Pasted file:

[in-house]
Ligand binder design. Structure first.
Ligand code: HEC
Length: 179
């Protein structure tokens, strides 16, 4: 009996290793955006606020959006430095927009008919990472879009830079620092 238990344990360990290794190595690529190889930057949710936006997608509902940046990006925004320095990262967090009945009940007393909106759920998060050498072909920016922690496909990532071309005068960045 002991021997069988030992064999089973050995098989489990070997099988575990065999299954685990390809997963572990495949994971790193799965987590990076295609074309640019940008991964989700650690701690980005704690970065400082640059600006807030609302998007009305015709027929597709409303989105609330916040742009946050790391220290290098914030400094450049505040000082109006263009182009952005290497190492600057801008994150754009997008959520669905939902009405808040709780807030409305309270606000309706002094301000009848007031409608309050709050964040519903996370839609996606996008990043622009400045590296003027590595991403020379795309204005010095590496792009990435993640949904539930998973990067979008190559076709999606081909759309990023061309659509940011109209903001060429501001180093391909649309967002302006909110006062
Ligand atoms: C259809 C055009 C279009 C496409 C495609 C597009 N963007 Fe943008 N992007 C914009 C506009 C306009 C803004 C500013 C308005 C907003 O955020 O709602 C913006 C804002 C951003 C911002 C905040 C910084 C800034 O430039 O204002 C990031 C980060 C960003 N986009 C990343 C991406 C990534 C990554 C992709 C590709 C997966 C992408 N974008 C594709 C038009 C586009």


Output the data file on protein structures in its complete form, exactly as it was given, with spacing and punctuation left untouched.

[in-house]
Ligand binder design. Structure first.
Ligand code: HEC
Length: 179
């Protein structure tokens, strides 16, 4: 009996290793955006606020959006430095927009008919990472879009830079620092 238990344990360990290794190595690529190889930057949710936006997608509902940046990006925004320095990262967090009945009940007393909106759920998060050498072909920016922690496909990532071309005068960045 002991021997069988030992064999089973050995098989489990070997099988575990065999299954685990390809997963572990495949994971790193799965987590990076295609074309640019940008991964989700650690701690980005704690970065400082640059600006807030609302998007009305015709027929597709409303989105609330916040742009946050790391220290290098914030400094450049505040000082109006263009182009952005290497190492600057801008994150754009997008959520669905939902009405808040709780807030409305309270606000309706002094301000009848007031409608309050709050964040519903996370839609996606996008990043622009400045590296003027590595991403020379795309204005010095590496792009990435993640949904539930998973990067979008190559076709999606081909759309990023061309659509940011109209903001060429501001180093391909649309967002302006909110006062
Ligand atoms: C259809 C055009 C279009 C496409 C495609 C597009 N963007 Fe943008 N992007 C914009 C506009 C306009 C803004 C500013 C308005 C907003 O955020 O709602 C913006 C804002 C951003 C911002 C905040 C910084 C800034 O430039 O204002 C990031 C980060 C960003 N986009 C990343 C991406 C990534 C990554 C992709 C590709 C997966 C992408 N974008 C594709 C038009 C586009």